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New policy limits carbon excess

Knowing where energy is being used is the secret to making carbon management an exercise in profitability rather than just compliance says Coffey Environments, a sustainability engineering service offering advice for companies complying with the National Greenhouse and Energy Reporting (NGER) Act.

The company, which assesses and analyses carbon footprints for businesses, will attend and is sponsoring the expects attendees at the Carbon Reduction & Trading Expo in Melbourneo.

Coffey Environments expects companies who attend the Expo will be in “information gathering mode” regarding the new NGER Act.

The company’s manager of sustainable engineering, Kirsty Gregory, says it is clear that Australian businesses are interested in reducing their carbon footprints — especially since 11,521 people visited the Expo last year, which ran in conjunction with Safety In Action and Melbourne Materials Handling in April.

Gregory says changes to the Australian government’s Greenhouse Gas (GHG) reporting requirements and the imminent introduction of the Carbon Pollution Reduction Scheme has encouraged companies to actively explore how their obligations will be met.

“The number of companies now approaching Coffey Environments to undertake carbon footprint assessments shows industry is beginning to appreciate the broad implications of the Act,” she said.

“The starting point is to understand your carbon footprint. Without measuring it, your organisation won’t know whether it is required to report under the National Greenhouse and Energy Reporting (NGER) Act.”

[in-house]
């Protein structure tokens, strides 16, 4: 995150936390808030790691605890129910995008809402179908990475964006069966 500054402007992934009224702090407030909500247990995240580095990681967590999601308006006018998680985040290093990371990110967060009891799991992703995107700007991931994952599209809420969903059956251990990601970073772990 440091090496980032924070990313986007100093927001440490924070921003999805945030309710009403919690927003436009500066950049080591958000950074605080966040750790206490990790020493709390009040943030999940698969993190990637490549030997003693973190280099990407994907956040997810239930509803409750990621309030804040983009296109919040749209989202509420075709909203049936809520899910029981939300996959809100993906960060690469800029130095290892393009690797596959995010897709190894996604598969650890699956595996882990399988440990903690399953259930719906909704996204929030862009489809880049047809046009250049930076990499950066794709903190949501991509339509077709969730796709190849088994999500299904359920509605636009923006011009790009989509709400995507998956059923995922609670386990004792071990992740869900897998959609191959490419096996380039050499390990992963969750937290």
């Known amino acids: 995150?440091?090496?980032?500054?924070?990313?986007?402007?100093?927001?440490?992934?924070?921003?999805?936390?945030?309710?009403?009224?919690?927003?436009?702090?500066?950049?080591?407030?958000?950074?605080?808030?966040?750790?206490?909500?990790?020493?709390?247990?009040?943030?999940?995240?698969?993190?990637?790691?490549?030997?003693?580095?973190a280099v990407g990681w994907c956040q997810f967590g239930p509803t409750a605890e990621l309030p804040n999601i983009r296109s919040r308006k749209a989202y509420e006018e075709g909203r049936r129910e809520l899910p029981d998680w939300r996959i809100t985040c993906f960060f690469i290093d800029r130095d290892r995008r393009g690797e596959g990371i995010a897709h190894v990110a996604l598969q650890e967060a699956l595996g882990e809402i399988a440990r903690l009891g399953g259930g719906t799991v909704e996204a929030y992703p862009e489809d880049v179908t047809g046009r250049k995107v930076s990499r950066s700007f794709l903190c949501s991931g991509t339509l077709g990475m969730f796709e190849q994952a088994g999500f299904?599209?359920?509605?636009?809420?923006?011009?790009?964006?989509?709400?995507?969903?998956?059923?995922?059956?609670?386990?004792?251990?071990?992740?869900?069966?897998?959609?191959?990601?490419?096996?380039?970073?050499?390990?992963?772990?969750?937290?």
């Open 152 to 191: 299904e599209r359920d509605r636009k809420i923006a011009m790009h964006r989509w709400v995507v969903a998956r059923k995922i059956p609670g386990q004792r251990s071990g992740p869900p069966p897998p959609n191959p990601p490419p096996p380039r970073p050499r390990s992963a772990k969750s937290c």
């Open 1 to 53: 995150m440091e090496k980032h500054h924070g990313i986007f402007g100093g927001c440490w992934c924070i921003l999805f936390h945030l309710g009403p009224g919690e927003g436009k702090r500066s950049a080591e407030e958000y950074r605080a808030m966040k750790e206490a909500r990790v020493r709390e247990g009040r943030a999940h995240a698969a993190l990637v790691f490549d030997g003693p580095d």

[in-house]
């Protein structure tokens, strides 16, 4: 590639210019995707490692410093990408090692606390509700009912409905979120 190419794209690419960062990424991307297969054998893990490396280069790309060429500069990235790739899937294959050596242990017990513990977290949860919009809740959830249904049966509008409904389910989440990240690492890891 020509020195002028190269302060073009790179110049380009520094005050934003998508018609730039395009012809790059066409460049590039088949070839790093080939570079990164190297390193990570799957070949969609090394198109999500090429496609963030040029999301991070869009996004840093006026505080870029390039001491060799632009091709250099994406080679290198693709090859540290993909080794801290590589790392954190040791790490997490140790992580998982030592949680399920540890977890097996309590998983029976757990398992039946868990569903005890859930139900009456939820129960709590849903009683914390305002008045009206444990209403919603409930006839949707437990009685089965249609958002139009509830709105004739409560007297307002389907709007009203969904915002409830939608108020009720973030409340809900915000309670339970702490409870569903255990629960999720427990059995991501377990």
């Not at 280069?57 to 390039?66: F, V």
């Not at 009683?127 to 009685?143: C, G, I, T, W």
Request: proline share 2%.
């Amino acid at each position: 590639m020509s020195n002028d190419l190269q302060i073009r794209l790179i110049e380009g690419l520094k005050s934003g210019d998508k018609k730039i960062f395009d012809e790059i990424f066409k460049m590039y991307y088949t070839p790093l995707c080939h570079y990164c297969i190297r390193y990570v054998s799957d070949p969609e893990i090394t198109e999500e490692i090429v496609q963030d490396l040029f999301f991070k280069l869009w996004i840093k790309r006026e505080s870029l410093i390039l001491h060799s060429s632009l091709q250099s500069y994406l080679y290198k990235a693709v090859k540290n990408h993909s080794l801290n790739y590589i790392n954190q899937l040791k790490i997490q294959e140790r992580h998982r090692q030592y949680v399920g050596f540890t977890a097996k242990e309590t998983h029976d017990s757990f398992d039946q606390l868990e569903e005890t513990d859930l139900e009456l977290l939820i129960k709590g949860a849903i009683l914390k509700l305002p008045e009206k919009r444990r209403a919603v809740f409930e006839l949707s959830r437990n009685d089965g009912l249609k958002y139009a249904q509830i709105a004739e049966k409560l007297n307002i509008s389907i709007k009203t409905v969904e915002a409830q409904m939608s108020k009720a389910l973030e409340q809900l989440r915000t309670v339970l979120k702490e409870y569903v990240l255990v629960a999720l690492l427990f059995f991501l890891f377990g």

The NGER Act came into effect on 1st July 2008, with corporations that exceed 500 terajoules (TJ) or have facilities that use more than 100 TJ of energy now required to report their 2008/09 emissions by 31st October this year. The federal government anticipates around 1,000 Australian businesses will be affected, with many more caught under far lower thresholds the following year.

“The good news is that this is not just an exercise in red tape in determining a company’s carbon footprint. Coffey can also undertake an energy audit that will, for most businesses, identify plenty of energy savings that can be achieved with a payback period of less than three years,” said Gregory.

“The important aspect of a carbon footprint isn’t the size. It’s far more important to know where the energy is consumed because this allows Coffey Environments to identify where savings can be made. Often these are low-cost initiatives: the ‘low-hanging fruit’.”

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